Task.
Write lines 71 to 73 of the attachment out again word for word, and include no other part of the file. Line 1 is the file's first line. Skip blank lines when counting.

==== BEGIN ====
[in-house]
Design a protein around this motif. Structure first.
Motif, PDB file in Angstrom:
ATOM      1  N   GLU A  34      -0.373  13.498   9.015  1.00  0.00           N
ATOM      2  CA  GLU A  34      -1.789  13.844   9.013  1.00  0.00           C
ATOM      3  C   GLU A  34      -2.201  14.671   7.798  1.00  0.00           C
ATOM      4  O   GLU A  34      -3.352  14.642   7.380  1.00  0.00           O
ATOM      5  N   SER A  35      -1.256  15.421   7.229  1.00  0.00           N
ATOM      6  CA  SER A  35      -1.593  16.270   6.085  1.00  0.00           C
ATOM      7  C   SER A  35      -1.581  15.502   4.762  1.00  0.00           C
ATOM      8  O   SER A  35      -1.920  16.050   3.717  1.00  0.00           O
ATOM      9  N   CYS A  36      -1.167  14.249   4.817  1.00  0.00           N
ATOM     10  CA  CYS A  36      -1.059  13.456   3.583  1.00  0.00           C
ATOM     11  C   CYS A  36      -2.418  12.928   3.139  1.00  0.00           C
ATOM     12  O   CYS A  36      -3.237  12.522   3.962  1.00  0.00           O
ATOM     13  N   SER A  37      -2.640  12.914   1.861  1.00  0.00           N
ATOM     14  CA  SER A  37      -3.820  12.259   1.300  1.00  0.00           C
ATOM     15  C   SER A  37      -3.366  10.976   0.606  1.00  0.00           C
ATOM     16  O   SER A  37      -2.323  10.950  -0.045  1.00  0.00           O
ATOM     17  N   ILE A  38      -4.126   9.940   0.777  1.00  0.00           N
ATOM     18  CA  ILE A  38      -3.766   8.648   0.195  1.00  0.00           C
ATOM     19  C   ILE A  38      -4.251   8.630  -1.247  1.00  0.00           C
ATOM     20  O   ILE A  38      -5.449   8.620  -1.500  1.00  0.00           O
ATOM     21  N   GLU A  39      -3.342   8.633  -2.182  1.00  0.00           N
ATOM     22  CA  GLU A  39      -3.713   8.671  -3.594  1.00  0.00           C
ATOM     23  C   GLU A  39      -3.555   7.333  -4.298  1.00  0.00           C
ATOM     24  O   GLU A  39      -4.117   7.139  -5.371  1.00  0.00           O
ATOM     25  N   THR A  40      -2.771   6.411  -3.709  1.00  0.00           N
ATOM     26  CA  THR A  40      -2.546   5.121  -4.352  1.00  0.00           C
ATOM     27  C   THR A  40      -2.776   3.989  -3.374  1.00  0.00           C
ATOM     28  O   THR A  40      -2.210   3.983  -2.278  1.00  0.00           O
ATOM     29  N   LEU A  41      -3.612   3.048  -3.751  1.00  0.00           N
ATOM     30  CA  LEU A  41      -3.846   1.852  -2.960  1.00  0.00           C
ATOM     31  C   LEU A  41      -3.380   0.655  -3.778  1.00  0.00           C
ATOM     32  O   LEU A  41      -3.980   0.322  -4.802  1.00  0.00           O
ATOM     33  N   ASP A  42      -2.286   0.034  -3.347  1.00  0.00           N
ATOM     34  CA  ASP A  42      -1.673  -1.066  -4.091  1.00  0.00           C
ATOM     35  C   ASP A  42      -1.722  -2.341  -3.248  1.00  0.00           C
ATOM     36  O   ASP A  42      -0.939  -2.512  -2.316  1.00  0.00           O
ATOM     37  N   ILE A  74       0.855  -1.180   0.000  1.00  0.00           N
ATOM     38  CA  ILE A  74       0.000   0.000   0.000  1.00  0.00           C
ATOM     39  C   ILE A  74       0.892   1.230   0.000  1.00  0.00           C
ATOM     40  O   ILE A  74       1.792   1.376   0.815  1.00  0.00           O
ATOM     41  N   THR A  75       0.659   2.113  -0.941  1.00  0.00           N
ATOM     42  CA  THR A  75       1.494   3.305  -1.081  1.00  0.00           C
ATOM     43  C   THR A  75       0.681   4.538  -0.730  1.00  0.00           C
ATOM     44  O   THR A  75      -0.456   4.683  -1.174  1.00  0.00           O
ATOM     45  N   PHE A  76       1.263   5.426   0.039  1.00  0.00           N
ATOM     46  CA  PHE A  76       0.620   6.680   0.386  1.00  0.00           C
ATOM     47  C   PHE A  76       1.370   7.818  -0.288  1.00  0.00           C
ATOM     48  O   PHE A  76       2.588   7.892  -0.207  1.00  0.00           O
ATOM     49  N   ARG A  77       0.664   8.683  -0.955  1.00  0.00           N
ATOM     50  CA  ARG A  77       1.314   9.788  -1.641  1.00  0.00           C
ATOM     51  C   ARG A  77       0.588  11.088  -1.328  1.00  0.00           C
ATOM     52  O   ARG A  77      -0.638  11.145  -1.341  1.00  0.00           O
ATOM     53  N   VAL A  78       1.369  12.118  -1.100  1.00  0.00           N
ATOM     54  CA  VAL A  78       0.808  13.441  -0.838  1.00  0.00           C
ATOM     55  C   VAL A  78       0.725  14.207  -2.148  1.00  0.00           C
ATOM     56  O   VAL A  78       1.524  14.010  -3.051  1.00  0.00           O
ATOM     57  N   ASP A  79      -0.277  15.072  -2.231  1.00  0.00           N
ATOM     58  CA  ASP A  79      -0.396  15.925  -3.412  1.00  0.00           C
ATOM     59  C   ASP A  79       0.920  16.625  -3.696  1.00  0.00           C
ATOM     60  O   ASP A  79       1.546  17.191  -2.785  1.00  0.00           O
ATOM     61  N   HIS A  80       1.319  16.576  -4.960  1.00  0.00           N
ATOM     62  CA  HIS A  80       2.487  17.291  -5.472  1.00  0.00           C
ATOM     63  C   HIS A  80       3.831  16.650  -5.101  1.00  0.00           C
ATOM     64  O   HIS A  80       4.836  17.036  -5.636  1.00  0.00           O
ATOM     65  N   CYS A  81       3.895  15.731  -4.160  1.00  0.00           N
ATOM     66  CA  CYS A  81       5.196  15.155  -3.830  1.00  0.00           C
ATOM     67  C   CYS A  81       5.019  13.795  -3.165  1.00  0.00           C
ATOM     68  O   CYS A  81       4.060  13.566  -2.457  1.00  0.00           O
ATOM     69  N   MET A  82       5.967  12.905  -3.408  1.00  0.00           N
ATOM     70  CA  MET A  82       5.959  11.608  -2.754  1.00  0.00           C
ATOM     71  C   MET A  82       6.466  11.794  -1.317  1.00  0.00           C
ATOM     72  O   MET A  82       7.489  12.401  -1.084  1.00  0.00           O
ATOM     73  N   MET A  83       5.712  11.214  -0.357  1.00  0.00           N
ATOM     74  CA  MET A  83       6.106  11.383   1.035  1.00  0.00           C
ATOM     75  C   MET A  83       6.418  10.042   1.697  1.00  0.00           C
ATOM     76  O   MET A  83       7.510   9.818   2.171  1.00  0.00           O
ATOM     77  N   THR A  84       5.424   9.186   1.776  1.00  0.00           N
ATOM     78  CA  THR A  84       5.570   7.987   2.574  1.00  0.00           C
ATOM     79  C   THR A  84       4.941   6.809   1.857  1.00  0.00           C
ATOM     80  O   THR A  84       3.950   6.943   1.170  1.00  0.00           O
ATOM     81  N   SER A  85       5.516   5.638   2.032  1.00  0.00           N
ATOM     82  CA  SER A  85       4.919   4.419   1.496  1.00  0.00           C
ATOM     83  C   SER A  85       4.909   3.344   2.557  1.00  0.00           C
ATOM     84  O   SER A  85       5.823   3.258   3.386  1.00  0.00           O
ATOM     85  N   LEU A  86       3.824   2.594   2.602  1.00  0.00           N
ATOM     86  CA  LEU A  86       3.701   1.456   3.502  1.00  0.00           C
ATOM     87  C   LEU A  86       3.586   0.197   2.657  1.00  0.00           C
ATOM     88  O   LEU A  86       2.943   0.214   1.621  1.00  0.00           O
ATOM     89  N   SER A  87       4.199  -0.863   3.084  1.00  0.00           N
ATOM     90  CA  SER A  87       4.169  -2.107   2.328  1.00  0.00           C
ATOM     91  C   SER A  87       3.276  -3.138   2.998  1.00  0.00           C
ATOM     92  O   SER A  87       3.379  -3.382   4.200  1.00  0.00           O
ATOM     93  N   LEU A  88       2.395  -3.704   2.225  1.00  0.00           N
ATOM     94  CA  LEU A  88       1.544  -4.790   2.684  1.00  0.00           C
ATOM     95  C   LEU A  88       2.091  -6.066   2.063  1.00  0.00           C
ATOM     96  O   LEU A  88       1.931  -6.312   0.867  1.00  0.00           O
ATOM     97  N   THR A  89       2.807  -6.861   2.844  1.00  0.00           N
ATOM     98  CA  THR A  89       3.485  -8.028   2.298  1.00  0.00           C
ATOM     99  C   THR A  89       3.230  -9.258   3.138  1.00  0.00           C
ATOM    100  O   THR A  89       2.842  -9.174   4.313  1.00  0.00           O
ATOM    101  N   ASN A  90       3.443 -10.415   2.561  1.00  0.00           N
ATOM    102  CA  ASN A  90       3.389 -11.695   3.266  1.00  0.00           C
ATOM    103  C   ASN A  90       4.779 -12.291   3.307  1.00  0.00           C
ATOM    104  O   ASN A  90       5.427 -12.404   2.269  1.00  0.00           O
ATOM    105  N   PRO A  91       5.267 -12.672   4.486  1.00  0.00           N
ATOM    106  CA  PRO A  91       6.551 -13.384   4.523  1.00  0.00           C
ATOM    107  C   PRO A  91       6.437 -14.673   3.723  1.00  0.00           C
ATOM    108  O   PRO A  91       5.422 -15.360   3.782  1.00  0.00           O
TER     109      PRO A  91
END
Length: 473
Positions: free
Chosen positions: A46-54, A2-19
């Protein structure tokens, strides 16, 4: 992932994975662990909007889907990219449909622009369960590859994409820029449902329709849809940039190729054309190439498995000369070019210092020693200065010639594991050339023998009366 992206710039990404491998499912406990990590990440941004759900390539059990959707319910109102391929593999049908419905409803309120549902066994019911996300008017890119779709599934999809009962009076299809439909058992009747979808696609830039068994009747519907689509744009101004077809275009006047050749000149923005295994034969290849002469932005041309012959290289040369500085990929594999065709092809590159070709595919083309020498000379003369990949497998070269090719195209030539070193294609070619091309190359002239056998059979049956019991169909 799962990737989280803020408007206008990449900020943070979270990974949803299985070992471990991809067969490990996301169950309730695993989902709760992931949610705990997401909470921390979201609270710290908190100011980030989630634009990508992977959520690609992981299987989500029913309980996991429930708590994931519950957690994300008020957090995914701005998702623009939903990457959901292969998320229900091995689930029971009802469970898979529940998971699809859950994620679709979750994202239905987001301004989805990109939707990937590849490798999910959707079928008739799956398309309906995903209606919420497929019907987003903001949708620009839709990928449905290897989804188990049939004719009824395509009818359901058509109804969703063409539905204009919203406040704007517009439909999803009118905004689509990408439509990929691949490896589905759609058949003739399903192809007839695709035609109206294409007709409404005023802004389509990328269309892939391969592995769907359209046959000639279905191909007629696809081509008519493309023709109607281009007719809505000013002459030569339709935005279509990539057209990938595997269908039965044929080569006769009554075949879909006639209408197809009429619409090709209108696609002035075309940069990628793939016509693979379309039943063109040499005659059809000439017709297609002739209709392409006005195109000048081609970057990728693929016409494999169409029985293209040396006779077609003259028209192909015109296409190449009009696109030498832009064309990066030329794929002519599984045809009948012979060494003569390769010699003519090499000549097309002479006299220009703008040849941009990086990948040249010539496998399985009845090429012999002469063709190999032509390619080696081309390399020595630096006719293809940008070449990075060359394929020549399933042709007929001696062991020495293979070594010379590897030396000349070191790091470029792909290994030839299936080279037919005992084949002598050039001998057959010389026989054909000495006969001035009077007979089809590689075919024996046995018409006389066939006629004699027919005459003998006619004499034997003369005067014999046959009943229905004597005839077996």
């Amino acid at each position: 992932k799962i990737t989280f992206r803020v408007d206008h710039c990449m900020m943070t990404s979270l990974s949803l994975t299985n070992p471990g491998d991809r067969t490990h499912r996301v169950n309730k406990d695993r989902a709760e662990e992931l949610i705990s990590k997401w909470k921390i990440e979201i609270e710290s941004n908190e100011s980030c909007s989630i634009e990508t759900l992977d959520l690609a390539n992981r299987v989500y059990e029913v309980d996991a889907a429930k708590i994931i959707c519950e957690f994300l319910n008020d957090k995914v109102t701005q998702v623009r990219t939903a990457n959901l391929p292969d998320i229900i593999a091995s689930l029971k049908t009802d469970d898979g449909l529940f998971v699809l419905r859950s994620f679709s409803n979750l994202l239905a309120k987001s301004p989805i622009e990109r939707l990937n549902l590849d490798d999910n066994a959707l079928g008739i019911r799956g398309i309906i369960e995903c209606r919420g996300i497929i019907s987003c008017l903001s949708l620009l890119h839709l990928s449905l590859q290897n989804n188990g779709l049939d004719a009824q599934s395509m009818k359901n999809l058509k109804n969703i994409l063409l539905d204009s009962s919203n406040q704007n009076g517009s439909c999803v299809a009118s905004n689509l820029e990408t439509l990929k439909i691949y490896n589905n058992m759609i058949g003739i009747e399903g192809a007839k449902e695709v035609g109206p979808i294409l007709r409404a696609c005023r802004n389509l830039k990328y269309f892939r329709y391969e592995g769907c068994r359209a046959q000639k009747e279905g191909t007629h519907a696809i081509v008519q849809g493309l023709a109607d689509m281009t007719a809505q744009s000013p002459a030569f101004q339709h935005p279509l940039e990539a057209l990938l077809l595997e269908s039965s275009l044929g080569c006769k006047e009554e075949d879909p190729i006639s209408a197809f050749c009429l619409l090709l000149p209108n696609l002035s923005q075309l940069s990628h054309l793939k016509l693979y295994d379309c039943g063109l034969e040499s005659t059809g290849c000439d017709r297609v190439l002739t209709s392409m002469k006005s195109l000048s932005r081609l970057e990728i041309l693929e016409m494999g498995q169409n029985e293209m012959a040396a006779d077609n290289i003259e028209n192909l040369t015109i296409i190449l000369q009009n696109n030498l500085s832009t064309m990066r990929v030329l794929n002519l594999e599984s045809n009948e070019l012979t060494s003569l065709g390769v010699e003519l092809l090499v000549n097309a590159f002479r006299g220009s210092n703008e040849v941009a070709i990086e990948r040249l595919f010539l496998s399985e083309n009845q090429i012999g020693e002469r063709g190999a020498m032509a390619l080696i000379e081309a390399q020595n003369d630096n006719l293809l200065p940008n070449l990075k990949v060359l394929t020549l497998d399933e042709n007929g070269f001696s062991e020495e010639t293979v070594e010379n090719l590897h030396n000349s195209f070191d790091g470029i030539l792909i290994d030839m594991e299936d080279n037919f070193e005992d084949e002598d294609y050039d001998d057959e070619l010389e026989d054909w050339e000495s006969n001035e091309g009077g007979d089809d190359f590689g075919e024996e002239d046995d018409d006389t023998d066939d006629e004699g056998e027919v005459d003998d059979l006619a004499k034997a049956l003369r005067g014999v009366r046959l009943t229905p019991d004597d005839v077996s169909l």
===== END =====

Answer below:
ATOM     68  O   CYS A  81       4.060  13.566  -2.457  1.00  0.00           O
ATOM     69  N   MET A  82       5.967  12.905  -3.408  1.00  0.00           N
ATOM     70  CA  MET A  82       5.959  11.608  -2.754  1.00  0.00           C